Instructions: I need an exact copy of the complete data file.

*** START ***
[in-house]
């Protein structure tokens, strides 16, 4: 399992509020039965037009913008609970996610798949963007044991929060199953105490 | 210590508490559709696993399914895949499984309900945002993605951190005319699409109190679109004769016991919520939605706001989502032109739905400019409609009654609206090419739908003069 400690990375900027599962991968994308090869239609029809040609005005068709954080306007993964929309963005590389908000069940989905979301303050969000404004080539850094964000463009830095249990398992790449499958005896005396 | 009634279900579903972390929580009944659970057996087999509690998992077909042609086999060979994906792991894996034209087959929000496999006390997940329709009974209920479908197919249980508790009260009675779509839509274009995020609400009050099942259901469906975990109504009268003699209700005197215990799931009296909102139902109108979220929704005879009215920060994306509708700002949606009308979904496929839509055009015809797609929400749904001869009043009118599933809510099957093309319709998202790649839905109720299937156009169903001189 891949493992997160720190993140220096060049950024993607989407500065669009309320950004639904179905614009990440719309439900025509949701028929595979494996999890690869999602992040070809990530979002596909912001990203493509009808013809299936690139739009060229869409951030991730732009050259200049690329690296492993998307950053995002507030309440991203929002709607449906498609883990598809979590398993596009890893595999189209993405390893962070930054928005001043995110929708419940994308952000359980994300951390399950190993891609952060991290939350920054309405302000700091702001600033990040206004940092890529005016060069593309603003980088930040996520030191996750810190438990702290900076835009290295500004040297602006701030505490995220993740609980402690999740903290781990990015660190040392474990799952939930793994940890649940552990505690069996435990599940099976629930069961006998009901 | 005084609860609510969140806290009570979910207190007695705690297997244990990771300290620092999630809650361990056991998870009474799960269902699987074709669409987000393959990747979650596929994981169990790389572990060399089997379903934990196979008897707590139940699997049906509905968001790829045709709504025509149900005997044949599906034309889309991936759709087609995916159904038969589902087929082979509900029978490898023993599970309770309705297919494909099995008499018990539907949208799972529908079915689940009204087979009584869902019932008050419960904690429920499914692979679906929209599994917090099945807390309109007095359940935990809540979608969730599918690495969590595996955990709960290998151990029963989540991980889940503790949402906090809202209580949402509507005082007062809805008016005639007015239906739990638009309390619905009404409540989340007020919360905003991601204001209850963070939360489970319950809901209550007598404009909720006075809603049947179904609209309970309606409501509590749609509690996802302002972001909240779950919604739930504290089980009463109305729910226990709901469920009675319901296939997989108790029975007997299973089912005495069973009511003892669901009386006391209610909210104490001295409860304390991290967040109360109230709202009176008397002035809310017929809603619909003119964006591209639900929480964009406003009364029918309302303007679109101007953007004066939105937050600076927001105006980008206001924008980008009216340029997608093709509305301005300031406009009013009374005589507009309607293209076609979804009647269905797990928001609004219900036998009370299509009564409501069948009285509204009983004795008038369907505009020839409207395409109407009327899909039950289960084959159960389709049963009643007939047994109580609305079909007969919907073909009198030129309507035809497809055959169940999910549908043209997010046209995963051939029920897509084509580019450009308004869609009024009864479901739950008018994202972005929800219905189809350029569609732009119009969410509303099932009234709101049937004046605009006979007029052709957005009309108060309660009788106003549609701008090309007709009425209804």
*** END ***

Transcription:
[in-house]
């Protein structure tokens, strides 16, 4: 399992509020039965037009913008609970996610798949963007044991929060199953105490 | 210590508490559709696993399914895949499984309900945002993605951190005319699409109190679109004769016991919520939605706001989502032109739905400019409609009654609206090419739908003069 400690990375900027599962991968994308090869239609029809040609005005068709954080306007993964929309963005590389908000069940989905979301303050969000404004080539850094964000463009830095249990398992790449499958005896005396 | 009634279900579903972390929580009944659970057996087999509690998992077909042609086999060979994906792991894996034209087959929000496999006390997940329709009974209920479908197919249980508790009260009675779509839509274009995020609400009050099942259901469906975990109504009268003699209700005197215990799931009296909102139902109108979220929704005879009215920060994306509708700002949606009308979904496929839509055009015809797609929400749904001869009043009118599933809510099957093309319709998202790649839905109720299937156009169903001189 891949493992997160720190993140220096060049950024993607989407500065669009309320950004639904179905614009990440719309439900025509949701028929595979494996999890690869999602992040070809990530979002596909912001990203493509009808013809299936690139739009060229869409951030991730732009050259200049690329690296492993998307950053995002507030309440991203929002709607449906498609883990598809979590398993596009890893595999189209993405390893962070930054928005001043995110929708419940994308952000359980994300951390399950190993891609952060991290939350920054309405302000700091702001600033990040206004940092890529005016060069593309603003980088930040996520030191996750810190438990702290900076835009290295500004040297602006701030505490995220993740609980402690999740903290781990990015660190040392474990799952939930793994940890649940552990505690069996435990599940099976629930069961006998009901 | 005084609860609510969140806290009570979910207190007695705690297997244990990771300290620092999630809650361990056991998870009474799960269902699987074709669409987000393959990747979650596929994981169990790389572990060399089997379903934990196979008897707590139940699997049906509905968001790829045709709504025509149900005997044949599906034309889309991936759709087609995916159904038969589902087929082979509900029978490898023993599970309770309705297919494909099995008499018990539907949208799972529908079915689940009204087979009584869902019932008050419960904690429920499914692979679906929209599994917090099945807390309109007095359940935990809540979608969730599918690495969590595996955990709960290998151990029963989540991980889940503790949402906090809202209580949402509507005082007062809805008016005639007015239906739990638009309390619905009404409540989340007020919360905003991601204001209850963070939360489970319950809901209550007598404009909720006075809603049947179904609209309970309606409501509590749609509690996802302002972001909240779950919604739930504290089980009463109305729910226990709901469920009675319901296939997989108790029975007997299973089912005495069973009511003892669901009386006391209610909210104490001295409860304390991290967040109360109230709202009176008397002035809310017929809603619909003119964006591209639900929480964009406003009364029918309302303007679109101007953007004066939105937050600076927001105006980008206001924008980008009216340029997608093709509305301005300031406009009013009374005589507009309607293209076609979804009647269905797990928001609004219900036998009370299509009564409501069948009285509204009983004795008038369907505009020839409207395409109407009327899909039950289960084959159960389709049963009643007939047994109580609305079909007969919907073909009198030129309507035809497809055959169940999910549908043209997010046209995963051939029920897509084509580019450009308004869609009024009864479901739950008018994202972005929800219905189809350029569609732009119009969410509303099932009234709101049937004046605009006979007029052709957005009309108060309660009788106003549609701008090309007709009425209804």